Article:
So over a month has passed and in that time a lot has happened. We had booked our flights back to the UK for the 09th July and had limited time to take Troskala out of the water and prepare her for the hurricane season. The weather was turning for the worst and we were anxious to get to Virgin Gorda where she would be hauled before we got stuck anywhere else.
We spent our last two days in Gorda Sound enjoying the happy hour at Saba Rock and their Painkiller Cocktails and meeting a lot of new people from Necker Island and the surrounding area. We were both looking forward to returning to the UK if only to get out of the 35 degree heat and the constant bombardment from the mosquitos. I had missed certain aspects of the UK such as food and convenience but we were both apprehensive about leaving Troskala and this paradise that we have come to know.
Troskala was hauled out a few days later without any problems. The yard at Virgin Gorda is, in my opinion the best around and there are not many choices. The staff are friendly and professional. They hoisted Troskala out, cleaned her down and left her close to the yards amenities, which made it easier for us to clean her up and start the preparations. She was hauled on the 05th July, my Birthday, probably not the best day to do what was becoming a sad experience for us both. We soon cheered up whilst having a fantastic dinner out at Coco Maya, a lovely beach restaurant and bar situation near the Baths in Virgin Gorda.
The next few days were difficult with stifling heat and a complete lack of motivation to break things down and take what has been our home for the past two and half years apart. I had never been in the situation of ‘winterising’ a boat and have certainly not been in the situation of preparing a boat for hurricane season, but how hard can it be?
We started with the engine. I had already changed the oil whilst still afloat but I thought I could easily change the fuel filters whilst on land. Unfortunately the primary filter screws had ceased and in a moments frustration I managed to knock the head off the screw that realesed the filter. It was time to leave that job and move onto flushing out the engine with fresh water. As the temperature does not tend to go lower than 15 degrees there was no need to drain the coolant and add antifreeze but I did need to flush the system out. My idea was stick a hose up the raw water inlet and run the engine. Carlotta had the hose and I was above checking. We cracked the engine, which started first time but no water was to be seen. I shouted down to Carlotta to increase the flow but instead she turned it off. After a few seconds I realised that she was running dry so we stopped the process to have a think. A hose up the inlet really was not working. I had dried the impeller so again no water would enter the engine. I checked the books removed the impeller and lubricated it with fairy liquid. I then removed the raw water hose and fitted another hose that went straight to a bucket, which was filled with water from the main yard hose. This worked a treat and you will see in the photo how it worked. I ran two buckets of fresh water through the engine, removed the impeller and basically that was the job done.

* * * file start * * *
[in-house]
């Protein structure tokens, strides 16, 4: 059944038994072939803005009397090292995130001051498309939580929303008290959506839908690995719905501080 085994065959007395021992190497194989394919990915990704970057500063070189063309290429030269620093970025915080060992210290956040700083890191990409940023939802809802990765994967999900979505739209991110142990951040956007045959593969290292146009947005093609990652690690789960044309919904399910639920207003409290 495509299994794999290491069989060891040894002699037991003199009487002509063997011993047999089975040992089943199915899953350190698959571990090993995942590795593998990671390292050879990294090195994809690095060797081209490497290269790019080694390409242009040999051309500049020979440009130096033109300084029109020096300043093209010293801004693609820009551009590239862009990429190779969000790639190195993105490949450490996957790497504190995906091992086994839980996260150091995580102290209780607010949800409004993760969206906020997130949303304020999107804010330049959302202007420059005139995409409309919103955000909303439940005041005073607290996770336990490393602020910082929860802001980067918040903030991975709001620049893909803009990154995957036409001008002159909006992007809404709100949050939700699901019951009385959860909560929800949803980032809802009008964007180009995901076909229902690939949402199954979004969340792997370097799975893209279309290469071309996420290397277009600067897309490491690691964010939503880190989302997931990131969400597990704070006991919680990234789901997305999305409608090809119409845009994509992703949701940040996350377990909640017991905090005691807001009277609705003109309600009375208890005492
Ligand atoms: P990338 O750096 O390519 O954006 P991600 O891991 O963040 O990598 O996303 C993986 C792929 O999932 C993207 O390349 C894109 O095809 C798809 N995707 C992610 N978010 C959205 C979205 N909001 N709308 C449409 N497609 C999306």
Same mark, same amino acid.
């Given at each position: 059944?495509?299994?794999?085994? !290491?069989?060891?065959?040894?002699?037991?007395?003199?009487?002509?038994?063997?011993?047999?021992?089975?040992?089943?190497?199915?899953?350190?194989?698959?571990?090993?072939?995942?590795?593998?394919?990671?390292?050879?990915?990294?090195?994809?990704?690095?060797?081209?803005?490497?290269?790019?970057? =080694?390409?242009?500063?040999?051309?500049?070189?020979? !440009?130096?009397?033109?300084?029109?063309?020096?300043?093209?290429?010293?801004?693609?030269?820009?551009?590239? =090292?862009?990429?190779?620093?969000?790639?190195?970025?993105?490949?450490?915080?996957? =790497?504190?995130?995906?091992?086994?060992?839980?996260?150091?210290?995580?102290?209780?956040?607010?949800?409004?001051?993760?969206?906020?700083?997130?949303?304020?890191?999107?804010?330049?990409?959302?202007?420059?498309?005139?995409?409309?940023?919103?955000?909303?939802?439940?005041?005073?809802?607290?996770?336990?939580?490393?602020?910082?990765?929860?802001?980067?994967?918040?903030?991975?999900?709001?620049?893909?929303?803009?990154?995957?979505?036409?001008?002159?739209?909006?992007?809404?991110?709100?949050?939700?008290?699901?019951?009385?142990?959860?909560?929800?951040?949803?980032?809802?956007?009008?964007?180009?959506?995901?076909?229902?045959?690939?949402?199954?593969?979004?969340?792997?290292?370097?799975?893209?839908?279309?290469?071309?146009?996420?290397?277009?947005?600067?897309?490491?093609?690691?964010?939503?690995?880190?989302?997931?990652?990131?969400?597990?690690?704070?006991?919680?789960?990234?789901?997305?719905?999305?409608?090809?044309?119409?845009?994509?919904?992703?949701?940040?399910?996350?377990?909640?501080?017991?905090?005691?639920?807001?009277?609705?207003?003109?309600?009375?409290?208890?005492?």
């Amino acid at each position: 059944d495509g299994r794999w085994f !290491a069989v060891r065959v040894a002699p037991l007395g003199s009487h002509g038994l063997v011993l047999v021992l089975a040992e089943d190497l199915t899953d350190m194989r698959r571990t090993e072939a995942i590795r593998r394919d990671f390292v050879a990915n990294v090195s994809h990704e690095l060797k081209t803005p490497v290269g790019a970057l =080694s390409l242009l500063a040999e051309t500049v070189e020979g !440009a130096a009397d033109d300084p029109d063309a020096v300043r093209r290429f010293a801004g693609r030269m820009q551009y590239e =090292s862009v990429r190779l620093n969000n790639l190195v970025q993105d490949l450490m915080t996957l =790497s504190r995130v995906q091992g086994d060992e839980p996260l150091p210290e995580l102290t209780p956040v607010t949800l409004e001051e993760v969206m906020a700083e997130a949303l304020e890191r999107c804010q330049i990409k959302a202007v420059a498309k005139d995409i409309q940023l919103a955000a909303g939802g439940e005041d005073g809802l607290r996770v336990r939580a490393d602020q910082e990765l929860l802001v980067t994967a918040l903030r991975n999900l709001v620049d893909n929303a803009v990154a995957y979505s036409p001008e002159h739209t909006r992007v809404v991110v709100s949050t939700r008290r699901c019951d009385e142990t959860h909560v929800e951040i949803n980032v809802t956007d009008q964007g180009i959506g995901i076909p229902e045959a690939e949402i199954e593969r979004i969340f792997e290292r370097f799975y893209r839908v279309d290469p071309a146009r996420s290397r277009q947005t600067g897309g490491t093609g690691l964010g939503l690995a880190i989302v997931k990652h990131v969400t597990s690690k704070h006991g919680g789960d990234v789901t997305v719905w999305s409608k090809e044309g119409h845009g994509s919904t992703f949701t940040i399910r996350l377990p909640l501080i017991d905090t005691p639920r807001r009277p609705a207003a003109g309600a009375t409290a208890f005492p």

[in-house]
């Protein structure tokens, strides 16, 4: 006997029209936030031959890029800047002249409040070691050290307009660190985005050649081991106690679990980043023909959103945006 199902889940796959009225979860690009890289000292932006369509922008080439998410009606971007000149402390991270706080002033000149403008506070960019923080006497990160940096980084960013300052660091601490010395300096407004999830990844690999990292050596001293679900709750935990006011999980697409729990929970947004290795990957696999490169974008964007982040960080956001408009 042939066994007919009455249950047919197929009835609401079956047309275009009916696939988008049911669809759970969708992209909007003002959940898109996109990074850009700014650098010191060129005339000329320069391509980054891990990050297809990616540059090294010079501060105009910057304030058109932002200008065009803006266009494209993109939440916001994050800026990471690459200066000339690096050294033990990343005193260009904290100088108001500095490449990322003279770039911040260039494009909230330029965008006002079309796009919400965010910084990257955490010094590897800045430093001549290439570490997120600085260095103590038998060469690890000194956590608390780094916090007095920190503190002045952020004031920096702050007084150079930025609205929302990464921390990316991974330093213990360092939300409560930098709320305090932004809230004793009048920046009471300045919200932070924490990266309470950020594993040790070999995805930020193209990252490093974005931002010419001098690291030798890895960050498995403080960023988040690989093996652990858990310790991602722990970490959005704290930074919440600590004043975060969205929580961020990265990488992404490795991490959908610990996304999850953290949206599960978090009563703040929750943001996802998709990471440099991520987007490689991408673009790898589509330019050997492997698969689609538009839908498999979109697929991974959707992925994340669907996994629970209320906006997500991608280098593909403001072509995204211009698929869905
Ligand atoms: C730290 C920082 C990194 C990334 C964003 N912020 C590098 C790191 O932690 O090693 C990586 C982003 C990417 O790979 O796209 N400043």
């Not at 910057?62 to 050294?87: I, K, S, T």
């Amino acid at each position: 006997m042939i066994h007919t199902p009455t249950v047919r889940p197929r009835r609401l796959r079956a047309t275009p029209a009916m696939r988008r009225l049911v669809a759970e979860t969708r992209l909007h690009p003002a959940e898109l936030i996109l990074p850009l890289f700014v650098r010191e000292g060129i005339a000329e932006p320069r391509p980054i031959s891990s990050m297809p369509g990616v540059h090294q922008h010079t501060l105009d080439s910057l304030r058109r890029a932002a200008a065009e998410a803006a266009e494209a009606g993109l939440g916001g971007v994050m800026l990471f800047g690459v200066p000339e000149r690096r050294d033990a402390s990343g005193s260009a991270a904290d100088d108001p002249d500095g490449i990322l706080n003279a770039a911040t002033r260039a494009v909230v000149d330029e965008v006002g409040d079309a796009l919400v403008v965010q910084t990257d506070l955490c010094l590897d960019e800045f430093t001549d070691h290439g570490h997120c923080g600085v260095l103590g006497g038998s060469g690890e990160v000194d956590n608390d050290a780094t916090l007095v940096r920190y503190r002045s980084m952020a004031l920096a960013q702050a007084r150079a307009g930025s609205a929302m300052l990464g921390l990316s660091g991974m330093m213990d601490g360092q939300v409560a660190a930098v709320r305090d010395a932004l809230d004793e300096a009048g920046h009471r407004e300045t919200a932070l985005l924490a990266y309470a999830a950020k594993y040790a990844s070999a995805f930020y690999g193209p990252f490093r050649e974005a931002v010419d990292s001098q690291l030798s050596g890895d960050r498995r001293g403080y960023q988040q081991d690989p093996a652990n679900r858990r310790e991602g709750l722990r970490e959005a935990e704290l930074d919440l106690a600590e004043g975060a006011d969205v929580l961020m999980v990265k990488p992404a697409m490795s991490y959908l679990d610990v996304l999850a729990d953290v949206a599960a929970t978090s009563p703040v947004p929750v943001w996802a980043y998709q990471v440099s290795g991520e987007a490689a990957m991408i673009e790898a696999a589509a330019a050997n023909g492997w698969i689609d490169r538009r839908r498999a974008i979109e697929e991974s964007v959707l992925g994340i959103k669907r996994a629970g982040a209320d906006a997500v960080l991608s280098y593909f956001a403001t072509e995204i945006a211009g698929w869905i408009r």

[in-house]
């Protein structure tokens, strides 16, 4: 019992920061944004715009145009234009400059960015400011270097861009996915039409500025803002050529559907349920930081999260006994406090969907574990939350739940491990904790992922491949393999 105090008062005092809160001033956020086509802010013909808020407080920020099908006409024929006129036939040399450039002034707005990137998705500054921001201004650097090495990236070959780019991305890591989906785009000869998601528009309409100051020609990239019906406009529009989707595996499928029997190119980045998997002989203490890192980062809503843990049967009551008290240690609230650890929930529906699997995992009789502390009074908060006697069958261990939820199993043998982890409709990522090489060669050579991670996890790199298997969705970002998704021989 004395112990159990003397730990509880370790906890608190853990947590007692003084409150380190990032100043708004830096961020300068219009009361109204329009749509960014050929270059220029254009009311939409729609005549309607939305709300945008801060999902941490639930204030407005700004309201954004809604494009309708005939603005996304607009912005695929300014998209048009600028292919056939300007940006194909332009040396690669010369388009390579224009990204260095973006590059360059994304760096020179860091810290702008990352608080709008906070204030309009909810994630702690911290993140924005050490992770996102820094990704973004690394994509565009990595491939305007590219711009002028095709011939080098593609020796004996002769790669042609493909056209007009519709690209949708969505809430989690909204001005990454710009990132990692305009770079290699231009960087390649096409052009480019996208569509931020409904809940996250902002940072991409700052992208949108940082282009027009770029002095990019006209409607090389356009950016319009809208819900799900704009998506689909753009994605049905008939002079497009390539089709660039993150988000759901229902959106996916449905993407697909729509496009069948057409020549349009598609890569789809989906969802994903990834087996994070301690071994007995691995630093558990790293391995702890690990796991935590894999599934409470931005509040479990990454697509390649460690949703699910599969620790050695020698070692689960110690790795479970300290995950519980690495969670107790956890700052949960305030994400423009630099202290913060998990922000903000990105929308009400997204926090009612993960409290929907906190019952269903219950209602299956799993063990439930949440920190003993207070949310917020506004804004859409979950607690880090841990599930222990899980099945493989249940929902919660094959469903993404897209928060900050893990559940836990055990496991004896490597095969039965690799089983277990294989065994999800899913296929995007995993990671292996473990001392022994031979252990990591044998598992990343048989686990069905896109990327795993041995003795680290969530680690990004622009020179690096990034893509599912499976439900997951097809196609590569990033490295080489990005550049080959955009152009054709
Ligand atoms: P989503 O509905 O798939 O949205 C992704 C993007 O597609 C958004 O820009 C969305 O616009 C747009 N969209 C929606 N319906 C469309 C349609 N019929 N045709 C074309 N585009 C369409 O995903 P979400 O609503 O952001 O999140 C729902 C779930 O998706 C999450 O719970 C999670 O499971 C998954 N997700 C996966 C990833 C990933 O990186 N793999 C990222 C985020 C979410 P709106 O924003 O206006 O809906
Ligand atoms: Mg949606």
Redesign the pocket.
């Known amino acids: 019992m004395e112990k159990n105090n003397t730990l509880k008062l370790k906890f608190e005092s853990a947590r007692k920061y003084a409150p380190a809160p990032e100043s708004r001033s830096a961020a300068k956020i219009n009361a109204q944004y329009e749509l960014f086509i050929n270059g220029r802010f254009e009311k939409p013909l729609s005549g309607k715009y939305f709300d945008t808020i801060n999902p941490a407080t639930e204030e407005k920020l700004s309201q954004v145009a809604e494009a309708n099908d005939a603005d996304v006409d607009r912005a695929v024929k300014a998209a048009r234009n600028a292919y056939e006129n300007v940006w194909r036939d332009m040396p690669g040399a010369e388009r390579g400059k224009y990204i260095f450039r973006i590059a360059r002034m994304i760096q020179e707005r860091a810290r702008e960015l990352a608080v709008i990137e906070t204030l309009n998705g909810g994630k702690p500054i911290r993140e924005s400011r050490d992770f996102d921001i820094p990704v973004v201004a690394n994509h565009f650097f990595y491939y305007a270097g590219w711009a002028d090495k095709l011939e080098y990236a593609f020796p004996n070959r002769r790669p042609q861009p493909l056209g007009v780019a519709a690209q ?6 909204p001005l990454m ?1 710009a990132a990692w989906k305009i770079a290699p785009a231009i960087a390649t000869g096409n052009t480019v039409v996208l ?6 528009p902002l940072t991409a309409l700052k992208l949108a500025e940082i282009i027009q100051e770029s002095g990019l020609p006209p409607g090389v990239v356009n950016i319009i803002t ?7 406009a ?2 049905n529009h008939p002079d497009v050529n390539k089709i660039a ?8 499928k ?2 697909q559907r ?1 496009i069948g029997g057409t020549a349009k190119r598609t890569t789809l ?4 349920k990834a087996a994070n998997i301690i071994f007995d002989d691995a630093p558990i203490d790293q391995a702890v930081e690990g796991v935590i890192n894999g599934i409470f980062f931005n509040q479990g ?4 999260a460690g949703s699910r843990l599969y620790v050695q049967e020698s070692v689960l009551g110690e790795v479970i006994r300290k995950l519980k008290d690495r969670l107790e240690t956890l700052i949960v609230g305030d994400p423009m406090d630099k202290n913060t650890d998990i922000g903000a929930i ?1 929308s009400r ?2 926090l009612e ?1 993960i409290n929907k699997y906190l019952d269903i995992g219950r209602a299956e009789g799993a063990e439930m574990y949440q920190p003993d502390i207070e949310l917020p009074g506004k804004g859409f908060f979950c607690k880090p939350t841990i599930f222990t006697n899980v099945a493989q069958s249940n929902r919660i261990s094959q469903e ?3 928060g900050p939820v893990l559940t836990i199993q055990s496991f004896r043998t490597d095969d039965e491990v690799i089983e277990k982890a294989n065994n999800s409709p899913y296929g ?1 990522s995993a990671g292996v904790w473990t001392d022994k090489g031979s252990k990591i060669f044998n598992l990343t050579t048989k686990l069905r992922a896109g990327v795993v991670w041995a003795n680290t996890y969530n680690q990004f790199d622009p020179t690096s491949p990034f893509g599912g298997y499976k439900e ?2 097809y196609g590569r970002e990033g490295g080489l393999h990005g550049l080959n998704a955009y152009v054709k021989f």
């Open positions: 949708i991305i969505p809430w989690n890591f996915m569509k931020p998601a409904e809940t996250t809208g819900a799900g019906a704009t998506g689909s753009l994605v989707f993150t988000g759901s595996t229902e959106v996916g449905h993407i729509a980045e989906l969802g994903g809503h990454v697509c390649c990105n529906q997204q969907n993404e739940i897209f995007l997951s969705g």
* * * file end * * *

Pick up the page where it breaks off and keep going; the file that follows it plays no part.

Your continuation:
A hurricane can produce winds that blow in excess of 80 mph so it was imperative that all possible windage was removed from Troskala. We started by removing all sails, the life-raft, safety gear, covers, halyards and flags. Everyday became more difficult as the heat increased to 36 degrees but we could not stop and were already running out of time. We made some great friends in the yard and were happy in the knowledge that 3 other boats would be keeping there eye on Troskala and sending photos, some of which we have already received – thank you. Another note to mention, which I nearly forgot is the subject of importing a yacht. We had no idea that if we left Troskala in the BVI’s for over 6 months we had to import her. So a lot of paper work and a $200 bill later Troskala was imported for the next 12 months; she was now more legal than we were.